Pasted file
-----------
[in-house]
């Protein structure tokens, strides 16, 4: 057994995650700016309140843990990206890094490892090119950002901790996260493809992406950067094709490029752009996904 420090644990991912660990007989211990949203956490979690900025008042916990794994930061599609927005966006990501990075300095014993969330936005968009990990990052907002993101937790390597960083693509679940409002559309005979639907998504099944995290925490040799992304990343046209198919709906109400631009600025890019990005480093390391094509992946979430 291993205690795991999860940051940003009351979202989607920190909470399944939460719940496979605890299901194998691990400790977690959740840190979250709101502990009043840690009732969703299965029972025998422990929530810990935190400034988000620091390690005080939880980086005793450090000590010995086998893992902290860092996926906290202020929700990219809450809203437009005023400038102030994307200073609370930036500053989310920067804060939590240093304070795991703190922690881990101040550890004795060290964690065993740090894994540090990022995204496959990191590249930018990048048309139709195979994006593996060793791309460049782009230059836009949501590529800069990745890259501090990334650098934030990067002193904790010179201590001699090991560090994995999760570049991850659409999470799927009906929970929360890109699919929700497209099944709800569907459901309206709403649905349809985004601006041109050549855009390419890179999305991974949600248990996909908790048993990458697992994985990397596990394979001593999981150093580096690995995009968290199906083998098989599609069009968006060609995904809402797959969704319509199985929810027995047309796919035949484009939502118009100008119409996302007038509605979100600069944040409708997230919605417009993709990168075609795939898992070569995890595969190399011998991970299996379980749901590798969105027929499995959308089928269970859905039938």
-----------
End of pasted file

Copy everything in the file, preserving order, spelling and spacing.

[in-house]
């Protein structure tokens, strides 16, 4: 057994995650700016309140843990990206890094490892090119950002901790996260493809992406950067094709490029752009996904 420090644990991912660990007989211990949203956490979690900025008042916990794994930061599609927005966006990501990075300095014993969330936005968009990990990052907002993101937790390597960083693509679940409002559309005979639907998504099944995290925490040799992304990343046209198919709906109400631009600025890019990005480093390391094509992946979430 291993205690795991999860940051940003009351979202989607920190909470399944939460719940496979605890299901194998691990400790977690959740840190979250709101502990009043840690009732969703299965029972025998422990929530810990935190400034988000620091390690005080939880980086005793450090000590010995086998893992902290860092996926906290202020929700990219809450809203437009005023400038102030994307200073609370930036500053989310920067804060939590240093304070795991703190922690881990101040550890004795060290964690065993740090894994540090990022995204496959990191590249930018990048048309139709195979994006593996060793791309460049782009230059836009949501590529800069990745890259501090990334650098934030990067002193904790010179201590001699090991560090994995999760570049991850659409999470799927009906929970929360890109699919929700497209099944709800569907459901309206709403649905349809985004601006041109050549855009390419890179999305991974949600248990996909908790048993990458697992994985990397596990394979001593999981150093580096690995995009968290199906083998098989599609069009968006060609995904809402797959969704319509199985929810027995047309796919035949484009939502118009100008119409996302007038509605979100600069944040409708997230919605417009993709990168075609795939898992070569995890595969190399011998991970299996379980749901590798969105027929499995959308089928269970859905039938």